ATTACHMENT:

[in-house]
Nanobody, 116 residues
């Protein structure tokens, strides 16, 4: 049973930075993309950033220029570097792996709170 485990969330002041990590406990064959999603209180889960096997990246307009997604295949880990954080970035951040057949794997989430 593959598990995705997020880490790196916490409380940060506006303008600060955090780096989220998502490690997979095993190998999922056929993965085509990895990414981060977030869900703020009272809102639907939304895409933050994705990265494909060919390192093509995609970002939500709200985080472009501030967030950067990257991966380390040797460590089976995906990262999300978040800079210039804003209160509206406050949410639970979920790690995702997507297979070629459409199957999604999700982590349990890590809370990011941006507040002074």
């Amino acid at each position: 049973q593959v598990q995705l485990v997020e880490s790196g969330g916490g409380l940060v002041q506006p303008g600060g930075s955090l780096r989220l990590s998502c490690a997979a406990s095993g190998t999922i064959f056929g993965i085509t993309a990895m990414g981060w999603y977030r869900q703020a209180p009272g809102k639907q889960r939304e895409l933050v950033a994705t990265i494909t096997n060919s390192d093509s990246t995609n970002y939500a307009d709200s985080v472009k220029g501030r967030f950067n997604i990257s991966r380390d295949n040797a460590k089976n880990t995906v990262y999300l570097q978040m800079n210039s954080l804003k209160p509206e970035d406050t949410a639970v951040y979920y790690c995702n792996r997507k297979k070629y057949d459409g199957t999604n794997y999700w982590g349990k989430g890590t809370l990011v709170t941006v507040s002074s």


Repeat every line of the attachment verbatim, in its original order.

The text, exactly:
[in-house]
Nanobody, 116 residues
């Protein structure tokens, strides 16, 4: 049973930075993309950033220029570097792996709170 485990969330002041990590406990064959999603209180889960096997990246307009997604295949880990954080970035951040057949794997989430 593959598990995705997020880490790196916490409380940060506006303008600060955090780096989220998502490690997979095993190998999922056929993965085509990895990414981060977030869900703020009272809102639907939304895409933050994705990265494909060919390192093509995609970002939500709200985080472009501030967030950067990257991966380390040797460590089976995906990262999300978040800079210039804003209160509206406050949410639970979920790690995702997507297979070629459409199957999604999700982590349990890590809370990011941006507040002074």
């Amino acid at each position: 049973q593959v598990q995705l485990v997020e880490s790196g969330g916490g409380l940060v002041q506006p303008g600060g930075s955090l780096r989220l990590s998502c490690a997979a406990s095993g190998t999922i064959f056929g993965i085509t993309a990895m990414g981060w999603y977030r869900q703020a209180p009272g809102k639907q889960r939304e895409l933050v950033a994705t990265i494909t096997n060919s390192d093509s990246t995609n970002y939500a307009d709200s985080v472009k220029g501030r967030f950067n997604i990257s991966r380390d295949n040797a460590k089976n880990t995906v990262y999300l570097q978040m800079n210039s954080l804003k209160p509206e970035d406050t949410a639970v951040y979920y790690c995702n792996r997507k297979k070629y057949d459409g199957t999604n794997y999700w982590g349990k989430g890590t809370l990011v709170t941006v507040s002074s």